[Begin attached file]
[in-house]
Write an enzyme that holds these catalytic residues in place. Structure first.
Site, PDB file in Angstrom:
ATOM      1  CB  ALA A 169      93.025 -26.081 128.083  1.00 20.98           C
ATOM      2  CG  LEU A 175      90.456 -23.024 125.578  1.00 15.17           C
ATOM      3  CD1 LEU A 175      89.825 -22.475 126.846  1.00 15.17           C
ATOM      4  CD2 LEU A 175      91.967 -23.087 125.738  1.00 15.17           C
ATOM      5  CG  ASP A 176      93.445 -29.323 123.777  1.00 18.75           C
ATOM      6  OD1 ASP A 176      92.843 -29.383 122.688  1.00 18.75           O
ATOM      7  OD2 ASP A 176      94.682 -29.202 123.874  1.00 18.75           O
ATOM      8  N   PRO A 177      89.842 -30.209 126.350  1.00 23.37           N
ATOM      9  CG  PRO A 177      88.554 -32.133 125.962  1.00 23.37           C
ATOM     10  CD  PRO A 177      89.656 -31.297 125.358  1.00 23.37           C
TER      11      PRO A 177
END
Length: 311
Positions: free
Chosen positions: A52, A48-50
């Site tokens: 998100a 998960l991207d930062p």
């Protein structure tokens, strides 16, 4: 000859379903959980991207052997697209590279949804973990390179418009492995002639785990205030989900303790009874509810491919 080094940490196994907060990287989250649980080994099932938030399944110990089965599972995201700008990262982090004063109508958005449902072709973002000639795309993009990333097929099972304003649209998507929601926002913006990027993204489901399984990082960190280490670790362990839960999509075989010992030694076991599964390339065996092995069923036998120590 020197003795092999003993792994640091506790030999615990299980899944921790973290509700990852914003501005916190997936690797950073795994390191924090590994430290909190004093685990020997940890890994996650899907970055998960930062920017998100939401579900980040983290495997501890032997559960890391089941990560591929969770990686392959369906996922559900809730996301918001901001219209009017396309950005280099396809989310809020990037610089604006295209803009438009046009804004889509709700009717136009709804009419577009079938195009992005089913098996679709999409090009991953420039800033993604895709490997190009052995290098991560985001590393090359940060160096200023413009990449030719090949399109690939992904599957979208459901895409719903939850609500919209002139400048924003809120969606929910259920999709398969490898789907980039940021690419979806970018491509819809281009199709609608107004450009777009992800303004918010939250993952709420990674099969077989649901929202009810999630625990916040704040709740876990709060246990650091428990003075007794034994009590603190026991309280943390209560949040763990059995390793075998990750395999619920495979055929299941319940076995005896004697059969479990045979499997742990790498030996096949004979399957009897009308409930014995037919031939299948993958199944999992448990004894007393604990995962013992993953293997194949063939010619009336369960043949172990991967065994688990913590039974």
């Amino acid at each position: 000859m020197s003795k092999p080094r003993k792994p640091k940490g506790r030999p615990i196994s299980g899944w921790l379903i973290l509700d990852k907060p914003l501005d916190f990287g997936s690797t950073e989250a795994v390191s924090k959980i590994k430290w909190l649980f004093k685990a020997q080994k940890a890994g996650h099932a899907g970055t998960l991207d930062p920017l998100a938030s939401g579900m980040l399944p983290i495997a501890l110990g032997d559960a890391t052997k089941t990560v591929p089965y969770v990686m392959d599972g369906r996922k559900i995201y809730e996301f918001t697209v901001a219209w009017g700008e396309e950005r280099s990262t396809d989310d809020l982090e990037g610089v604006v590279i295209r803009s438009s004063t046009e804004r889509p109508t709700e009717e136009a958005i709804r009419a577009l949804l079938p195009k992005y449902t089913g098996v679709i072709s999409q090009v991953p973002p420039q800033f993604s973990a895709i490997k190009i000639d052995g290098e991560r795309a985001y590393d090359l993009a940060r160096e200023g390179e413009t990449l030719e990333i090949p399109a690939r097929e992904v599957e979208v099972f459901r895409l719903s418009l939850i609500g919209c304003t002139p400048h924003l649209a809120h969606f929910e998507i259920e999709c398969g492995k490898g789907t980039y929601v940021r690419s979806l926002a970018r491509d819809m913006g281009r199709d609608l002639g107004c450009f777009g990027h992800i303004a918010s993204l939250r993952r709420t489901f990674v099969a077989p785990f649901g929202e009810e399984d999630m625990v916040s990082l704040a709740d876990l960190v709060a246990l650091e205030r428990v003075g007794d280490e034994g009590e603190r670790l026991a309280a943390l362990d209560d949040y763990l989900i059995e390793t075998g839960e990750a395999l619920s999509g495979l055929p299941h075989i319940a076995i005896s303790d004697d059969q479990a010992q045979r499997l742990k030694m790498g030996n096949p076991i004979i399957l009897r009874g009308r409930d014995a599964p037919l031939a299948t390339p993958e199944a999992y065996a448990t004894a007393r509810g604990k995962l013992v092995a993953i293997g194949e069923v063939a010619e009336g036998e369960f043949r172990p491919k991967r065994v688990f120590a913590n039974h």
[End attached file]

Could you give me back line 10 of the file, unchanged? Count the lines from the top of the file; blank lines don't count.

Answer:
ATOM      7  OD2 ASP A 176      94.682 -29.202 123.874  1.00 18.75           O